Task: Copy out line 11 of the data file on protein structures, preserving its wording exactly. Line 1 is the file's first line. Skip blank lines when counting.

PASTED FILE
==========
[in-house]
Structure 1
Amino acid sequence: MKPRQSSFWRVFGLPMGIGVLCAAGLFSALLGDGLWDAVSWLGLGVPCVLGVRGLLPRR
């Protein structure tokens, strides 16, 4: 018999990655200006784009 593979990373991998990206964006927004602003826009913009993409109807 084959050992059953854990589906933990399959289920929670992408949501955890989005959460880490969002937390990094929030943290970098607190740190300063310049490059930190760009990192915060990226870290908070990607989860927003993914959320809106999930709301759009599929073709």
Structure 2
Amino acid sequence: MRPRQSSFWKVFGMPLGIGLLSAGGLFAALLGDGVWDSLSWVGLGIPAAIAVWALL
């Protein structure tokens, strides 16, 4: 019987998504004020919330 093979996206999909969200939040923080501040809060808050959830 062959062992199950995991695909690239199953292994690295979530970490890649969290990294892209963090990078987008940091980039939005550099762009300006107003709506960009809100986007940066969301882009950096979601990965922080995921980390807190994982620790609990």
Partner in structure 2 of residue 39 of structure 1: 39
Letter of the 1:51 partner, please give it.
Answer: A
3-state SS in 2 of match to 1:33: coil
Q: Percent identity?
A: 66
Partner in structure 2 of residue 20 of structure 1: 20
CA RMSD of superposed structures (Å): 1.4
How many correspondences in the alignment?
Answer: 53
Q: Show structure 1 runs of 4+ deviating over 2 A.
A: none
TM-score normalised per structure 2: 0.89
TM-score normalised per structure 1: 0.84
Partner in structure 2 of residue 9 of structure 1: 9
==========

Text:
3-state SS in 2 of match to 1:33: coil